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An award-winning student’s commitment to improving mental health in pharmacy

The PDA recently caught up with Adam O'Neill, the winner of the 2023 Northern Ireland Pharmacy Student Leadership Award, to highlight his inspirational dedication to improving the mental health of his fellow students and the wider pharmacy community.

Thu 15th June 2023 The PDA

The annual Northern Ireland Healthcare Awards is an event designed to bring together pharmacy professionals from across the industry and celebrate their achievements. Each year, the PDA sponsors the Student Leadership category of the Welsh, Scottish, and Northern Irish Pharmacy Awards to celebrate the successes of future professionals. Adam O’Neill, a PDA member and student at Queen’s University Belfast (QUB), was this year’s winner.

The PDA recently caught up with Adam to discuss his pharmacy journey so far.

The Pharmacy Student Leadership Award

I was presented with the Pharmacy Student Leadership Award for my work to improve mental health both on campus and in the pharmacy community. I believe that it is crucial for pharmacists to begin integrating mental health into patient counselling and general patient care. This is an aspect that I feel has been neglected up to now and requires further development to truly fulfil the holistic patient-centred approach we strive for as healthcare professionals.

I am a trained mental health first aider on campus, and I hold a key role as a core member of the School of Pharmacy Mental Health and Wellbeing group. This is particularly through the podcast we started this year called PharmaCast, which has proved to be a very useful tool in educating my fellow students and university staff alike. In this podcast, we speak with guests such as individuals doing amazing mental health work in the community. We discuss common mental health issues that students face, the real-life implications of mental health conditions, and any advice to cope with these pressures, such as anxiety and the effect this condition has on exam preparation.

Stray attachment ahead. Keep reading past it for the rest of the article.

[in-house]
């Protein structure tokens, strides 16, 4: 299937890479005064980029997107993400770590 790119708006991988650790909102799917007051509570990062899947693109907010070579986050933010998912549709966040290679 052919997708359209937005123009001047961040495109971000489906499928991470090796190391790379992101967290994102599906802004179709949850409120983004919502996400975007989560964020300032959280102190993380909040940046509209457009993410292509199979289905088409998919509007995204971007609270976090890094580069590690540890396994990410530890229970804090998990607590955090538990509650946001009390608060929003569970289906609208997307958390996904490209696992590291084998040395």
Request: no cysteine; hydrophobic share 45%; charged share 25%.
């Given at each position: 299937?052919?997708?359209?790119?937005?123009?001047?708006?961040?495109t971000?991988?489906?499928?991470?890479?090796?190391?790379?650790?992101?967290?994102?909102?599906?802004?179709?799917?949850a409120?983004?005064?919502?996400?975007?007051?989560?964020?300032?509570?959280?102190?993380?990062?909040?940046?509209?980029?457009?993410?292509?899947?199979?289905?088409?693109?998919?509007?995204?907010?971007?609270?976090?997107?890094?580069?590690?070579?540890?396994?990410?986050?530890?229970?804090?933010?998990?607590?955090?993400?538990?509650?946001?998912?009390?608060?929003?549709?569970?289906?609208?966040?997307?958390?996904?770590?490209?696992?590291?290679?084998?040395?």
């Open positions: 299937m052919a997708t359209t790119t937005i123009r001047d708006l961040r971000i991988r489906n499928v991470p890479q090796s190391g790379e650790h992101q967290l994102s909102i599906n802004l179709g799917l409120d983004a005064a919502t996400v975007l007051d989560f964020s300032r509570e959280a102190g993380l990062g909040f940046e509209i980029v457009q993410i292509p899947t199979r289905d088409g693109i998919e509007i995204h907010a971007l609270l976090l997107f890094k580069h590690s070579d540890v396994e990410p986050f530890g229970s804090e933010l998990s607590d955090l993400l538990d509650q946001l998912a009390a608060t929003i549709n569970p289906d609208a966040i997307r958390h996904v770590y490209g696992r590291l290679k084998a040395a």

It means a great deal to me to have been presented with the award as all the finalists have been doing great work and were all equally deserving of the award. It is also great to have my hard work recognised by qualified professionals within the community. It has let me know that I’m on the right track and from this point, I can really kick on. It also meant a lot to be involved in a prestigious event such as the NI Healthcare Awards as it massively helps to make students feel like a real part of the wider pharmacy community, providing further motivation and inspiration for future projects.

Studying pharmacy

My main reason for studying pharmacy is to help people in their everyday lives and hopefully improve treatment options and outcomes for patients. My family has experienced the hardships of loved ones having serious conditions such as cystic fibrosis, dementia, and leukaemia and so if in the future I am able to improve the circumstance of even one person, that would be amazing.

There are also so many different aspects to pharmacy now as the field continues to grow. Many jobs are being created outside of the traditional three routes, which are community, hospital, or industry, and this allows for a lot more career progression than previously available to pharmacists.

At the minute almost everything in the field still fascinates me however, during the past academic year I have become increasingly interested in drug delivery. Over the summer I am going to complete an internship in the labs at QUB regarding this area of study. The research possibilities are endless and I am very excited to learn more over the next few months.

Even though there may have been a few challenges during my time studying pharmacy, I probably wouldn’t change anything. I am happy with where I am now and the goals I am working towards and so, if I changed anything it may have led to a different path I wouldn’t have been as excited about.

My tips for first-year pharmacy students

The tips I would give to students who are just starting their pharmacy course are to:

  • Get involved in groups, societies, and just general campus life as quickly as possible, you will not regret it!
  • Organise and plan from the start of the year. It is so important as pharmacy is such an intense course.
  • Stay open to all areas as you will change your career aspirations throughout the course of the degree. You don’t want to miss out on an opportunity that might be perfect for you.

By  Adam O’Neill, Queen’s University Belfast student pictured with Una O’Farrell, PDA National Officer for Northern Ireland, and Cathy Harrison, Chief Pharmaceutical Officer

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